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Journal of Tropical Medicine (16879686) ; : 2019/01/01 00:00:00.000, 2023.
Article in English | Academic Search Complete | ID: covidwho-2231717


Despite the rigorous global efforts to control SARS-CoV-2 transmission, it continues to pose a serious threat to humans with the frequent emergence of new variants. Thus, robust therapeutics to combat the virus are a desperate need. The SARS-CoV-2 spike (S) protein is an important target protein as it mediates the entry of the virus inside the host cells, which is initiated by the binding of the receptor-binding domain (RBD) to its cognate receptor, angiotensin-converting enzyme 2 (ACE-2). Herein, the inhibition potential of several naturally occurring coumarins was investigated against the spike proteins of SARS-CoV-2 variants using computational approaches. Molecular docking studies revealed 26 coumarins with better binding energies than the reference ligands, molnupiravir and ceftazidime, against the S-RBD of the omicron variant. The top 10 best-docked coumarins were further analyzed to understand their binding interactions against the spike proteins of other variants (wild-type, Alpha, Beta, Gamma, and Delta), and these studies also demonstrated decent binding energies. Physicochemical, QSAR, and pharmacokinetics analyses of the coumarins revealed wedelolactone as the best inhibitor of the spike protein with ideal Lipinski's drug-likeness and optimal ADMET properties. Furthermore, coarse-grained molecular dynamics (MD) simulation studies of spike protein-wedelolactone complexes validated the stable binding of wedelolactone in the respective binding pockets. As an outcome, wedelolactone could be utilized to develop a potent drug candidate against COVID-19 by blocking the viral entry into the host cell. [ FROM AUTHOR]

Adv Pharmacol Pharm Sci ; 2022: 3742318, 2022.
Article in English | MEDLINE | ID: covidwho-2113196


The in silico method has provided a versatile process of developing lead compounds from a large database in a short duration. Therefore, it is imperative to look for vaccinations and medications that can stop the havoc caused by SARS-CoV-2. The spike protein of SARS-CoV-2 is required for the viral entry into the host cells, hence inhibiting the virus from fusing and infecting the host. This study determined the binding interactions of 36 flavonoids along with two FDA-approved drugs against the spike protein receptor-binding domain of SARS-CoV-2 through molecular docking and molecular dynamics (MD) simulations. In addition, the molecular mechanics generalized Born surface area (MM/GBSA) approach was used to calculate the binding-free energy (BFE). Flavonoids were selected based on their in vitro assays on SARS-CoV and SARS-CoV-2. Our pharmacokinetics study revealed that cyanidin showed good drug-likeness, fulfilled Lipinski's rule of five, and conferred favorable toxicity parameters. Furthermore, MD simulations showed that cyanidin interacts with spike protein and alters the conformation and binding-free energy suited. Finally, an in vitro assay indicated that about 50% reduction in the binding of hACE2 with S1-RBD in the presence of cyanidin-containing red grapes crude extract was achieved at approximately 1.25 mg/mL. Hence, cyanidin may be a promising adjuvant medication for the SARS-CoV-2 spike protein based on in silico and in vitro research.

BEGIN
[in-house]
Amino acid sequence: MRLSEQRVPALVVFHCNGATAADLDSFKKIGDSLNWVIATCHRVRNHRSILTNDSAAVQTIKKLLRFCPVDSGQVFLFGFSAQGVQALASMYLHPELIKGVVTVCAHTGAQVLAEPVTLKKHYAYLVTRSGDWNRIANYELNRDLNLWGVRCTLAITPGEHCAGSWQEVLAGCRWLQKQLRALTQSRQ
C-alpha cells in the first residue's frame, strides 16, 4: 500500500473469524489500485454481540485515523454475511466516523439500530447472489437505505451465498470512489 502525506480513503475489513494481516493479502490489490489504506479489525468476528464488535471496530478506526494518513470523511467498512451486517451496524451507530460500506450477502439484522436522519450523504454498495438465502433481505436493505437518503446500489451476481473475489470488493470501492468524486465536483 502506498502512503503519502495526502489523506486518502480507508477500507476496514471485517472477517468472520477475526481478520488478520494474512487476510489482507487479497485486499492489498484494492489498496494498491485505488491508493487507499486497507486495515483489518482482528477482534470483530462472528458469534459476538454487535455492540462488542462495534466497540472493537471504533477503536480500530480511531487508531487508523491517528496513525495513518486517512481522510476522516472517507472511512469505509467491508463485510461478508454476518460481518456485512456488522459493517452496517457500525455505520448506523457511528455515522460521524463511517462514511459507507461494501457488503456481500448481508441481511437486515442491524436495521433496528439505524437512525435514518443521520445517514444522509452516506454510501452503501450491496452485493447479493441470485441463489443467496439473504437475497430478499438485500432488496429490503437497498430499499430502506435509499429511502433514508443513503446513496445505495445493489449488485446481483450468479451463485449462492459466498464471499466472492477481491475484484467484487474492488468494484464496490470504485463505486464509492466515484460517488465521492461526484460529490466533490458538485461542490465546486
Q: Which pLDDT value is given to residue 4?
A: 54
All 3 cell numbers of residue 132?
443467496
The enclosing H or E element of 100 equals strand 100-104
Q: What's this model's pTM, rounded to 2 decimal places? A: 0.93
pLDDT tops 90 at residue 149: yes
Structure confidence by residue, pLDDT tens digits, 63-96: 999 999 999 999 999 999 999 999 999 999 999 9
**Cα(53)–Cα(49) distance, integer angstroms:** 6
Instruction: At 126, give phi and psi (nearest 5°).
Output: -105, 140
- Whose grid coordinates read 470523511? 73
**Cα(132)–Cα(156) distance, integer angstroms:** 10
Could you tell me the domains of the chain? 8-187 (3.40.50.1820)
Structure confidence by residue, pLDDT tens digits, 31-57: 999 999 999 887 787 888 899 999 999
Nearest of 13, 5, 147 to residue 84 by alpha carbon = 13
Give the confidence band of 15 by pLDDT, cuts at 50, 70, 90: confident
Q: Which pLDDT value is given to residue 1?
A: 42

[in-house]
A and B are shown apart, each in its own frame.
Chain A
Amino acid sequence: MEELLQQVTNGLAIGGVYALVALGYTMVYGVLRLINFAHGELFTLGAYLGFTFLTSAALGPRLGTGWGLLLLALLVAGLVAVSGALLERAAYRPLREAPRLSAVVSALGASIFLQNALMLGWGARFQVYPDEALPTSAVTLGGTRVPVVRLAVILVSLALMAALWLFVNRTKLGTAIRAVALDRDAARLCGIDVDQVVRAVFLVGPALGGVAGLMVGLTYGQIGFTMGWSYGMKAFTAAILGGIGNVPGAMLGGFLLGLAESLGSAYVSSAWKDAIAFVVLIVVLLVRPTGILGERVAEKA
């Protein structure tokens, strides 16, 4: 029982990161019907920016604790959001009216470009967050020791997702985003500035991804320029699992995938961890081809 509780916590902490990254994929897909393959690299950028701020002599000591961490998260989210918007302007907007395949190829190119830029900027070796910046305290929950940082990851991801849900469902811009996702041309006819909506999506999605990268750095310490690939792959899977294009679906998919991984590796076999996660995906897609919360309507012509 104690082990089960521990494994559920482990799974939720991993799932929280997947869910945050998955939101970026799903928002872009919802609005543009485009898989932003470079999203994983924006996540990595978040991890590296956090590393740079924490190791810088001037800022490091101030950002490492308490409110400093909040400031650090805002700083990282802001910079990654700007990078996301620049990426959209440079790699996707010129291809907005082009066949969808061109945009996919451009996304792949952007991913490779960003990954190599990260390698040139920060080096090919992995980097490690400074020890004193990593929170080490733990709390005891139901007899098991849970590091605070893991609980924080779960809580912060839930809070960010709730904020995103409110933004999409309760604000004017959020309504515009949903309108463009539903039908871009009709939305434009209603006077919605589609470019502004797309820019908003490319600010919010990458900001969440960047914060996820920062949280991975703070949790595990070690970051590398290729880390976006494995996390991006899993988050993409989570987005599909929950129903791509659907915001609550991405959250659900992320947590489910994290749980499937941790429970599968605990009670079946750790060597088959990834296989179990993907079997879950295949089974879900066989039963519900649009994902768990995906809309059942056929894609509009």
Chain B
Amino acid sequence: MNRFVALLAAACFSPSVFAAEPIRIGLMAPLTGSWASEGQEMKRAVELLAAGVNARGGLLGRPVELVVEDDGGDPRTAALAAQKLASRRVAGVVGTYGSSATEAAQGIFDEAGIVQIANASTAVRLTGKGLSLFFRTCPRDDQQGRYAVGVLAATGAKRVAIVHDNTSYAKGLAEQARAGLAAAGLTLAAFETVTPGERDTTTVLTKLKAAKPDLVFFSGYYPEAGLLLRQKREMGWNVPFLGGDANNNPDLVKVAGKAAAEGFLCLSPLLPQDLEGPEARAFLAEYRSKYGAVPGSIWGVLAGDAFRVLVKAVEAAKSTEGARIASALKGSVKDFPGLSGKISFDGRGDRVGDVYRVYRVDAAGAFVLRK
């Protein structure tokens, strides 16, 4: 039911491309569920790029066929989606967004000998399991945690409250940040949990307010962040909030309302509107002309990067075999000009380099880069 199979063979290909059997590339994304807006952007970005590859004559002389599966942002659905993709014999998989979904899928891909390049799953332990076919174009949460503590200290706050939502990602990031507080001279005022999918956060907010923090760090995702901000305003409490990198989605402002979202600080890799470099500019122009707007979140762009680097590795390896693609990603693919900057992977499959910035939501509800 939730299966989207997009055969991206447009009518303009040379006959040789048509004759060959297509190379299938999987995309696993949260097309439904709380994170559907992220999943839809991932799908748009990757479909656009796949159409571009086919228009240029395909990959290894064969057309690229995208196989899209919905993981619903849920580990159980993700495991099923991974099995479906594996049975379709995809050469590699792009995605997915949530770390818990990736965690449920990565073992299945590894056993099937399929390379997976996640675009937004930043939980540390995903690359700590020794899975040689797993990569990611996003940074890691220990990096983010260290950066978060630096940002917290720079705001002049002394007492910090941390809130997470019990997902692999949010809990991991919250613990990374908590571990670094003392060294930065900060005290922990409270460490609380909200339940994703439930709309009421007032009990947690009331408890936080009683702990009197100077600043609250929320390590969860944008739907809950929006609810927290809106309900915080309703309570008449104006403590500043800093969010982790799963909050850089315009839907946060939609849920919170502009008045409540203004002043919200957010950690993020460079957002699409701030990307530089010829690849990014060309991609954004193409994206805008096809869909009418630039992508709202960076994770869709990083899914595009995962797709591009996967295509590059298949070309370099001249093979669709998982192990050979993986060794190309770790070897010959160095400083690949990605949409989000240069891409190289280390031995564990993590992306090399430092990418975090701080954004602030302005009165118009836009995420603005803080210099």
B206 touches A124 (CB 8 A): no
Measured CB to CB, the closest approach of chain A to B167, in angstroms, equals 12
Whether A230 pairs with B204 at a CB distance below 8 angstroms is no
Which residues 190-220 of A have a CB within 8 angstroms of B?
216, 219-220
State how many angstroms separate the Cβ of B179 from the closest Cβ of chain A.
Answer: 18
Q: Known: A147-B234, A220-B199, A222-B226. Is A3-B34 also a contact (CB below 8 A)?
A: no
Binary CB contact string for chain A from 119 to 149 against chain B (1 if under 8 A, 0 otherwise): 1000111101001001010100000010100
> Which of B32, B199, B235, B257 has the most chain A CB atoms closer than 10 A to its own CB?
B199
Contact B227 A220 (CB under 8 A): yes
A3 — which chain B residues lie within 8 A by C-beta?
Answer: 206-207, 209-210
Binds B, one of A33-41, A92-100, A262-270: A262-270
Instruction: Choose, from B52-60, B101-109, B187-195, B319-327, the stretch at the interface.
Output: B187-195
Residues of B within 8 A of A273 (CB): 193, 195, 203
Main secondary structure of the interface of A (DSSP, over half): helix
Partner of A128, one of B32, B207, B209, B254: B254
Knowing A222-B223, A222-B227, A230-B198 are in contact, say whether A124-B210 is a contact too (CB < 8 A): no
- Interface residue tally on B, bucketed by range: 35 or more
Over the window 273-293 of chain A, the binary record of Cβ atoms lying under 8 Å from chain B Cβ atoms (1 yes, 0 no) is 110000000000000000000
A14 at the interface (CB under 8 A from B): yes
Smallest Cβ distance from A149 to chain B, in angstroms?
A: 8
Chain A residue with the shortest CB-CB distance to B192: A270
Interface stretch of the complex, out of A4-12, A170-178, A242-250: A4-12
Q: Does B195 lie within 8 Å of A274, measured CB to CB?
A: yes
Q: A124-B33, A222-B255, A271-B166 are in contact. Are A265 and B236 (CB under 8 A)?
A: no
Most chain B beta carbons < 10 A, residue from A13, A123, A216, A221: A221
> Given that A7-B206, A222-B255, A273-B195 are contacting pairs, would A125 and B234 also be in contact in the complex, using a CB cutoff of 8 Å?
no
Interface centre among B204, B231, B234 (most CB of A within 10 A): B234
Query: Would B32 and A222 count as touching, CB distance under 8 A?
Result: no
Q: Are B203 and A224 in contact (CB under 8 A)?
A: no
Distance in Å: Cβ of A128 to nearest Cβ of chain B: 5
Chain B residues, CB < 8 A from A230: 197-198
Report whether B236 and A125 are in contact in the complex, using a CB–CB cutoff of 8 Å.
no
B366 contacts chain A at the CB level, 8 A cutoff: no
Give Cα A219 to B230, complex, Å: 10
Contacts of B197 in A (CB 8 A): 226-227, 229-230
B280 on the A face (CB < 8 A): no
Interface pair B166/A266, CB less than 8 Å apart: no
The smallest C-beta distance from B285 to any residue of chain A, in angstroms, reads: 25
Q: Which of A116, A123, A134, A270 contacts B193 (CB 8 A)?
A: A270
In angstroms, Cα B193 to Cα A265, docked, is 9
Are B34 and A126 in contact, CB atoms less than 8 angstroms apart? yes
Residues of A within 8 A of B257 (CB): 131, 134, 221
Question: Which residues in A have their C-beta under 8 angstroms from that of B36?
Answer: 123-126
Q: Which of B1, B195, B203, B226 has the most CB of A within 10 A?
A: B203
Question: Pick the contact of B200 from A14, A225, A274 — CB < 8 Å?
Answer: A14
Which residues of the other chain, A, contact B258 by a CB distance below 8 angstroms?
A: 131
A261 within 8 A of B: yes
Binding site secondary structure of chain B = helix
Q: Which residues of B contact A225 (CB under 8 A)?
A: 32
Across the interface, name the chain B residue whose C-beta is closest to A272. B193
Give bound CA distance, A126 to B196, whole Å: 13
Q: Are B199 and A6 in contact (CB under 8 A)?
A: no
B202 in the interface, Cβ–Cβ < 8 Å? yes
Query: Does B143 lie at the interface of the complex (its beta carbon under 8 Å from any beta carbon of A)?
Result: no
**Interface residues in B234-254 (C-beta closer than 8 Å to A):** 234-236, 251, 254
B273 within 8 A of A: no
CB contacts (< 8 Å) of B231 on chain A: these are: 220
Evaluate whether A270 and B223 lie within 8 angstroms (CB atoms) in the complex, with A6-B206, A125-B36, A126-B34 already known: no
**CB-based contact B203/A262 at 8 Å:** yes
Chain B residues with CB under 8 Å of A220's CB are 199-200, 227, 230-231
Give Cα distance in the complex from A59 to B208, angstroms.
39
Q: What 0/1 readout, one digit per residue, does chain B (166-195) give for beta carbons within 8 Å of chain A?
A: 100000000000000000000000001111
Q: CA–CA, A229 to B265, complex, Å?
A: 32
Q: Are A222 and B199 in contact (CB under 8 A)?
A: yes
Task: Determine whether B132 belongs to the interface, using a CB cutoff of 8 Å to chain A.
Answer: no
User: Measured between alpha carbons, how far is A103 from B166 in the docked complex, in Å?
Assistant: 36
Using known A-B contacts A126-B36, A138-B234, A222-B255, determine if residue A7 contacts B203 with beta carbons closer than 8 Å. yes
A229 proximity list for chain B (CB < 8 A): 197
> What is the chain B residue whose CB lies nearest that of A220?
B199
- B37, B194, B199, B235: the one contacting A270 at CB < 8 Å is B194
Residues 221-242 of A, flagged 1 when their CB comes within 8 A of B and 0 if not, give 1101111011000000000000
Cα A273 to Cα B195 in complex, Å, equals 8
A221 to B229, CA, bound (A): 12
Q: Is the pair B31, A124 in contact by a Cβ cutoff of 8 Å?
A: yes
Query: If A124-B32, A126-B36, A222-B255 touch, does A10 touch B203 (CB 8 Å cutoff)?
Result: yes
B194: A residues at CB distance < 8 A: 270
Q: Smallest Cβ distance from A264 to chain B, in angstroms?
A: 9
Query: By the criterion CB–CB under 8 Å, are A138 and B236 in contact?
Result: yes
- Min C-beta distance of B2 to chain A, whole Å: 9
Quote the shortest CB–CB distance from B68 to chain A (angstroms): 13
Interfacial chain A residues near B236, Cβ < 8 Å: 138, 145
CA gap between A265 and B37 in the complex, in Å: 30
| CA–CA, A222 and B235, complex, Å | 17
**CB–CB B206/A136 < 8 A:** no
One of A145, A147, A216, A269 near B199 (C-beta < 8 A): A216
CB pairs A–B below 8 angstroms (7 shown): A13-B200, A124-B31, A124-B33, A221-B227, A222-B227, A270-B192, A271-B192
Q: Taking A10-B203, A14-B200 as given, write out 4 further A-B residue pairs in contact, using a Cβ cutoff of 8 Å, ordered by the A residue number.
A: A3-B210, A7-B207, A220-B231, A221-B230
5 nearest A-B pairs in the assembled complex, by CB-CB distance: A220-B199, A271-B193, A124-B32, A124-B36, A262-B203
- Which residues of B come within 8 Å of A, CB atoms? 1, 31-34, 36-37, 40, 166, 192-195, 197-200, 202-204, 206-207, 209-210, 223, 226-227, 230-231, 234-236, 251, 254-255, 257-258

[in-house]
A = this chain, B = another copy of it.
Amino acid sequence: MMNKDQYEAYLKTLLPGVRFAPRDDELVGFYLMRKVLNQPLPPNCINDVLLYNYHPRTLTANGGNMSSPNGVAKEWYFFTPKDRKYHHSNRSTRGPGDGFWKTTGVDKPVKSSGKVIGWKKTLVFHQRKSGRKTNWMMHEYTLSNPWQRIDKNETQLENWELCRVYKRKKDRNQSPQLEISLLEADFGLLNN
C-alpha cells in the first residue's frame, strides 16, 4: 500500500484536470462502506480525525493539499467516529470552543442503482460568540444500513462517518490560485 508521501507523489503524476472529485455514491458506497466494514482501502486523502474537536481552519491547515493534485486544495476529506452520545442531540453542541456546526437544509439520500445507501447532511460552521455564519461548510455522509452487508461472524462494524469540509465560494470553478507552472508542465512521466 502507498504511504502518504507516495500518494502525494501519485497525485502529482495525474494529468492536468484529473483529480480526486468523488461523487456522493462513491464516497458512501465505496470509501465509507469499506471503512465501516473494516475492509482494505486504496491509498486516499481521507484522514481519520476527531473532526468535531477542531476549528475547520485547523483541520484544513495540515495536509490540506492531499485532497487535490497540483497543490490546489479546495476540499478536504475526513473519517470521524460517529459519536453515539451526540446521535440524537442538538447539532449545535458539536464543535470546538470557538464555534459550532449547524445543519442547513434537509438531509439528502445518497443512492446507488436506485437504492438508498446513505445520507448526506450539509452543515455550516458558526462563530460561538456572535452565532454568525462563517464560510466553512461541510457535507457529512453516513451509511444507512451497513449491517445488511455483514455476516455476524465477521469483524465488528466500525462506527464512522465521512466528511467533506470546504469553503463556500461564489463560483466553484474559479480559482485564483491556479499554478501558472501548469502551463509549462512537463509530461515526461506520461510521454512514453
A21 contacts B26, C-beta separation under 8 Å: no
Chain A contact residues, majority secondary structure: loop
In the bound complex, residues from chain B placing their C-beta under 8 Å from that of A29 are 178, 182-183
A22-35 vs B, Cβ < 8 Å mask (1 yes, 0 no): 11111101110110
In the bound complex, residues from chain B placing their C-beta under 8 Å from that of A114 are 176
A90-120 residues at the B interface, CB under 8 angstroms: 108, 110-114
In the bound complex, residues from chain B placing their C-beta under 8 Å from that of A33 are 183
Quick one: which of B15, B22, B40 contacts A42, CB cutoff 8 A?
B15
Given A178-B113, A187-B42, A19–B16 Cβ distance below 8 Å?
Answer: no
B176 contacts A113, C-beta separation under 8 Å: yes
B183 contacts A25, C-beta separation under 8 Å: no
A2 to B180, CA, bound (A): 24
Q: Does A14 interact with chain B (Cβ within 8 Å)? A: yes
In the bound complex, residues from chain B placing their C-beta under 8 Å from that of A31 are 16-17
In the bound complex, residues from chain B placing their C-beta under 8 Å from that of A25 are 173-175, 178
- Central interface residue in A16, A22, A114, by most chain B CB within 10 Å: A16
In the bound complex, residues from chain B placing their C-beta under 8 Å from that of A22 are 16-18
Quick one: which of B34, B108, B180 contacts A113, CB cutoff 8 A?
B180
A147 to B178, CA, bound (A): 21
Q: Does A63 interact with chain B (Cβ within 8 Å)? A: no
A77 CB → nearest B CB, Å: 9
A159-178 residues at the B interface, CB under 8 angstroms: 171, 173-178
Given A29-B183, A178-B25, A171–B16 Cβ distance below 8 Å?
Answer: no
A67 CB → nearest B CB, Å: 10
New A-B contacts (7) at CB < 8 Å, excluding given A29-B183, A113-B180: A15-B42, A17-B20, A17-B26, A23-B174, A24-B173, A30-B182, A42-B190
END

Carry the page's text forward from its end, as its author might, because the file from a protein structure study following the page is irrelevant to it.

Journal of Chemistry ; 2022, 2022.
Article in English | ProQuest Central | ID: covidwho-1932846


The severe acute respiratory syndrome coronavirus 2 (SARS-CoV-2), the virus that causes COVID-19, has been a global concern. While there have been some vaccines and drugs, the rapid emergence of variants due to mutations has threatened public health. As the de novo drug development process is expensive and time-consuming, repurposing existing antiviral drugs against SARS-CoV-2 is an alternative and promising approach to mitigate the current situation. Several studies have indicated that some natural products exhibit inhibitory activities against SARS-CoV-2. This study is aimed at analyzing the potential of natural alkaloids, using various computational tools, as drug candidates against SARS-CoV-2. The molecular docking analysis predicted that naturally occurring alkaloids can bind with RNA-dependent RNA-polymerase (RdRP). The QSAR analysis was conducted by using the way2drug/PASS online web resource, and the pharmacokinetics and toxicity properties of these alkaloids were predicted using pkCSM, SwissADME, and ProTox-II webserver. Among the different alkaloids studied, neferine and berbamine were repurposed as potential drug candidates based on their binding affinity and interactions with RdRP. Further, molecular dynamics simulation of 90 ns revealed the conformational stability of the neferine-RdRP complex.